Religion, Evil and Idolatry
Religion is an insult to human dignity. With or without it, you'd have good people doing good things and evil people doing bad things, but for good people to do bad things, it takes religion. Steven Weinberg
Idols are counterfeit objects of hope. We rely on them to give us the comfort, satisfaction, and security we crave and need. Repeatedly, however, we find that they don't deliver. The excitement, glamor, and allure of our idols soon fade. Even our friends and loved ones fail us, just as we fail them. We easily find ourselves on a deadly cycle of disillusionment and despair as we seek the next thing that, we hope, will bring lasting meaning to our lives. Nothing in this world, however, can bring lasting meaning to our lives. The things of this world pass away, and, more urgently, we do too. Sooner or later, we die. We then lose everything this world has to offer, if only because we are ourselves are lost. Like ourselves, our idols lack the power to sustain us past death, and they cannot redeem our failures and other troubles. In particular, they cannot set us free from our burdens of guilt, shame, and fear of having lived without lasting meaning. If our lives are actually to have lasting meaning, we need genuine hope in the face of our moral failures and impending death. Idols are at best band-aids; they keep falling off and we know it.
But the problem is not just that idols fail to deliver what we expect of them, but that, in our devotion to them, we are willing to give up our very humanity. The Accuser in the Book of Job said it well: "Skin for skin! A man will give up everything he has to save his life." (Job 2:4) This can include his sense of decency, of fairness and of justice. If his idol is the tribe or the nation, he may become willing to do anything to defend it, no matter how monstrous, which includes tolerance of monstrous evils committed by other idolaters.
If idols are objects of value in which we place our trust, then scapegoats are objects of blame which we load up with our anger at natural events which we cannot control. Scapegoating is the negative correlate of idolizing, but the dynamic is the same: in the face of anxiety, we conjure up an idea, institution or group which must be to blame for our ills and our vulnerability, and we believe that eradicating the scapegoat will turn the tide of events back in our favor.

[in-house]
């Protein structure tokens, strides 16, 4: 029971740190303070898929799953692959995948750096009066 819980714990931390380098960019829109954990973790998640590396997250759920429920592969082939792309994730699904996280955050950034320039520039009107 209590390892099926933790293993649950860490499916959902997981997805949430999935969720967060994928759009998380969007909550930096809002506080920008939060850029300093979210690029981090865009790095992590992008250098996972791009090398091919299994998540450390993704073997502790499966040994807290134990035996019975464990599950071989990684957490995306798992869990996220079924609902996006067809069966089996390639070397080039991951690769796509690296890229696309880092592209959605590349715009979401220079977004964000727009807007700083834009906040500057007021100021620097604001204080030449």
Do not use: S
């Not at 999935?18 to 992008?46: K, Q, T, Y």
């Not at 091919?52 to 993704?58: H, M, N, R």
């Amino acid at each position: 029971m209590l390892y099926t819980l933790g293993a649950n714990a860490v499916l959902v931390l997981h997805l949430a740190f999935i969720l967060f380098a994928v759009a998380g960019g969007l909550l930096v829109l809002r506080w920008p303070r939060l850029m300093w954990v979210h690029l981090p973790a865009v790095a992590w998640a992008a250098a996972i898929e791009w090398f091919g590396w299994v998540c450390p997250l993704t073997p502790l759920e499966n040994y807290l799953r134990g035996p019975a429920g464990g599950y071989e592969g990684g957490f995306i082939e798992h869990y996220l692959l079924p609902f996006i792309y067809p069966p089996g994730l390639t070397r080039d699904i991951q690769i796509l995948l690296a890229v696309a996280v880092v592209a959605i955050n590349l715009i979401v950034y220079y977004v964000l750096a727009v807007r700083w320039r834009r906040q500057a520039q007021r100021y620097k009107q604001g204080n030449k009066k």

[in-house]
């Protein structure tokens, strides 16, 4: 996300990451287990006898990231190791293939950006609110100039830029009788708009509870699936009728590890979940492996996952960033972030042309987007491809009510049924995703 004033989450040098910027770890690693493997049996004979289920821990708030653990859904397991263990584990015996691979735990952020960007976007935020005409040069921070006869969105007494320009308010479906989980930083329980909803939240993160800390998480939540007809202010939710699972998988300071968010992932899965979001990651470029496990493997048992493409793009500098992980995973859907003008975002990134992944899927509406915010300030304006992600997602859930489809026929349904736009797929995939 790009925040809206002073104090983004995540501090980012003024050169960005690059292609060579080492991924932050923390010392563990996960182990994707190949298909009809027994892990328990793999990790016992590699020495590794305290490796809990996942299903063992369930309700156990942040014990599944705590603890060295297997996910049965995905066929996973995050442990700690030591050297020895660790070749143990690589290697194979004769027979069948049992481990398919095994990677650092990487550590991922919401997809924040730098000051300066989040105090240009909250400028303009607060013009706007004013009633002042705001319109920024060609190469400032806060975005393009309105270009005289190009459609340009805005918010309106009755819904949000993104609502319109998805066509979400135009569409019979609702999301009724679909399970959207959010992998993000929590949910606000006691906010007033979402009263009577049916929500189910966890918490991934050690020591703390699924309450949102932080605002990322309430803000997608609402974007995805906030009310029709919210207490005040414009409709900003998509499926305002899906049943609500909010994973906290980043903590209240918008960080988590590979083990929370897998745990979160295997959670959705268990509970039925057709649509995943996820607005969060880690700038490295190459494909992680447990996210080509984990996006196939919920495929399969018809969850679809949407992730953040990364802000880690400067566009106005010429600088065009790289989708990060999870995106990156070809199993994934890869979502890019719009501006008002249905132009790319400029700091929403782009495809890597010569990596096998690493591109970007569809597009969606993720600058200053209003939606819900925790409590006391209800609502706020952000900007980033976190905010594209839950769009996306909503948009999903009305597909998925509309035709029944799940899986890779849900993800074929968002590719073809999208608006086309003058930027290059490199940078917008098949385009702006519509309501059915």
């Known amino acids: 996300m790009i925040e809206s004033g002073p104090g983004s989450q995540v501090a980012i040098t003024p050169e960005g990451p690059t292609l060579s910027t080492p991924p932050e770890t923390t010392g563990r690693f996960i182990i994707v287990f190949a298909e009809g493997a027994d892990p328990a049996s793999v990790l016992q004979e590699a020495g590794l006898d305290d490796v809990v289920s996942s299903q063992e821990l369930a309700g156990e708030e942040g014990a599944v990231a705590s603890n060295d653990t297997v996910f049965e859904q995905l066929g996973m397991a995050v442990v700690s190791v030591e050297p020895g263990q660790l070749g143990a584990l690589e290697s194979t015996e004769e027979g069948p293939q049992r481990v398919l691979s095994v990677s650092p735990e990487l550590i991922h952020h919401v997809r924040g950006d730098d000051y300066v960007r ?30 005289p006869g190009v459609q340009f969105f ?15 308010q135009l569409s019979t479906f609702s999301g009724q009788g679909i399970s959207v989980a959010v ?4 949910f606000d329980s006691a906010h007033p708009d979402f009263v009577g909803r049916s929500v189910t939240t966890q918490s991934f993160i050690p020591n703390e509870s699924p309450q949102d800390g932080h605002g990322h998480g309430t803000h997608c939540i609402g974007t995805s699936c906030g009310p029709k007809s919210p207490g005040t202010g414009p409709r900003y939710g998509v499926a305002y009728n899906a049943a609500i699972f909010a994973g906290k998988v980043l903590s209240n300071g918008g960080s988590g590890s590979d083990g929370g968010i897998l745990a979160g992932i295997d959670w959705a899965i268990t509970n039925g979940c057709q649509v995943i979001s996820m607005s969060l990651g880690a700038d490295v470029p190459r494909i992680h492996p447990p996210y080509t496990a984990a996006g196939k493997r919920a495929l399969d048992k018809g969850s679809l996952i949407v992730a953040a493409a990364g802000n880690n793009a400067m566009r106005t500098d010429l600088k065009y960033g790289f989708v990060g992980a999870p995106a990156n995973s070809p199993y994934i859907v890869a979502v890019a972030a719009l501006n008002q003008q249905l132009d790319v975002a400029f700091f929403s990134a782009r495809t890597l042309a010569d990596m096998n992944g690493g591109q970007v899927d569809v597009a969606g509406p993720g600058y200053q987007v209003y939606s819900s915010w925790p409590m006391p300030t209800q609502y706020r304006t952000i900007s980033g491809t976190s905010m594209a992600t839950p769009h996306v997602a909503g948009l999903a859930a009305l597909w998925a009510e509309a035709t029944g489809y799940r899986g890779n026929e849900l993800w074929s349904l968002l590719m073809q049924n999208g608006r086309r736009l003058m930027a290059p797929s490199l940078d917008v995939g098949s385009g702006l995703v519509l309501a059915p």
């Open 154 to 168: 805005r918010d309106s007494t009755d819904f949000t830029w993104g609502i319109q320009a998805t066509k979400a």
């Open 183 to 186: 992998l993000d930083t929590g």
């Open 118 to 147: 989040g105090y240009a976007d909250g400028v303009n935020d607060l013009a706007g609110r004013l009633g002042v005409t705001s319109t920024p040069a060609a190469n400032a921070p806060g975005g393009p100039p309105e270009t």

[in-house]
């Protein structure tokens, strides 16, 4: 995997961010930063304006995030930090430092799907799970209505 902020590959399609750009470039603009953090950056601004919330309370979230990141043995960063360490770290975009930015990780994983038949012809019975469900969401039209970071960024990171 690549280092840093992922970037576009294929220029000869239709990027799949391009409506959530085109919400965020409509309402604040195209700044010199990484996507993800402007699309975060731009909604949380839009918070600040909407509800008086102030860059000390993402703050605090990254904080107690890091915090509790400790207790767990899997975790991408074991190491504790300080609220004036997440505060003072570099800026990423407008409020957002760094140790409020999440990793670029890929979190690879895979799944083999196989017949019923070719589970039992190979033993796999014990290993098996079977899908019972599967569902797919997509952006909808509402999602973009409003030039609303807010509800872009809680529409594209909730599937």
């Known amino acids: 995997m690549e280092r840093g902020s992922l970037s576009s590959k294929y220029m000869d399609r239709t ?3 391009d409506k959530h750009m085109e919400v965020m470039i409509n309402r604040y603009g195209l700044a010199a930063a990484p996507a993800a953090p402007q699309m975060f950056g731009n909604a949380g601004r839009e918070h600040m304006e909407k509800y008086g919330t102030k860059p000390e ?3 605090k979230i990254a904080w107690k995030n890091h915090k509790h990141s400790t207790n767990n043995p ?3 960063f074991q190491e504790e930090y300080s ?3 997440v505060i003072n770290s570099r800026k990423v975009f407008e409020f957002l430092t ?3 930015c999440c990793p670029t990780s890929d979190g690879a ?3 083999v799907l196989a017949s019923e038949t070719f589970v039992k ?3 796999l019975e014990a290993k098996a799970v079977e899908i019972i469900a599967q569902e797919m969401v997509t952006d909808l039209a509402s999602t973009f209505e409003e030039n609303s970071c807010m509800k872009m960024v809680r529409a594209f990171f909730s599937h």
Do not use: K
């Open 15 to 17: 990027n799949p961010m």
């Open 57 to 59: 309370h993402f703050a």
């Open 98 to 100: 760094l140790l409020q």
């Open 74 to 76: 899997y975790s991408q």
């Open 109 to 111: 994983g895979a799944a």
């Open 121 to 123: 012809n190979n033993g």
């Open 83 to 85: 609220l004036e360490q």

The most important thing to note about this process is that idols and scapegoats can come from anywhere, not just or even primarily religion. The idolatry most people may be used to is intolerance or violence in the defense of God's honor, but little gods abound: a political ideology like nazism or communism (see the fascinating book The God That Failed, written by intellectuals who had previously been entranced by communism but then recanted their faith), the pursuit of wealth at any cost, even commitment to one's favorite sports team, which can lead to violent confrontations with fans of another team.
To sum up, then, Weinberg is wrong: it does not take religion for good people to do bad things, it just takes anxiety and our tendency to create idols and scapegoats in response to that anxiety.
In fact, religion, at least in some forms, offers a potent antidote to idolatry and scapegoating: the monotheistic relativizing of all finite allegiances, and the liberation from anxiety that comes from the assurance that Jesus' resurrection has defeated the powers of death that hold us captive. But that is a topic for another post.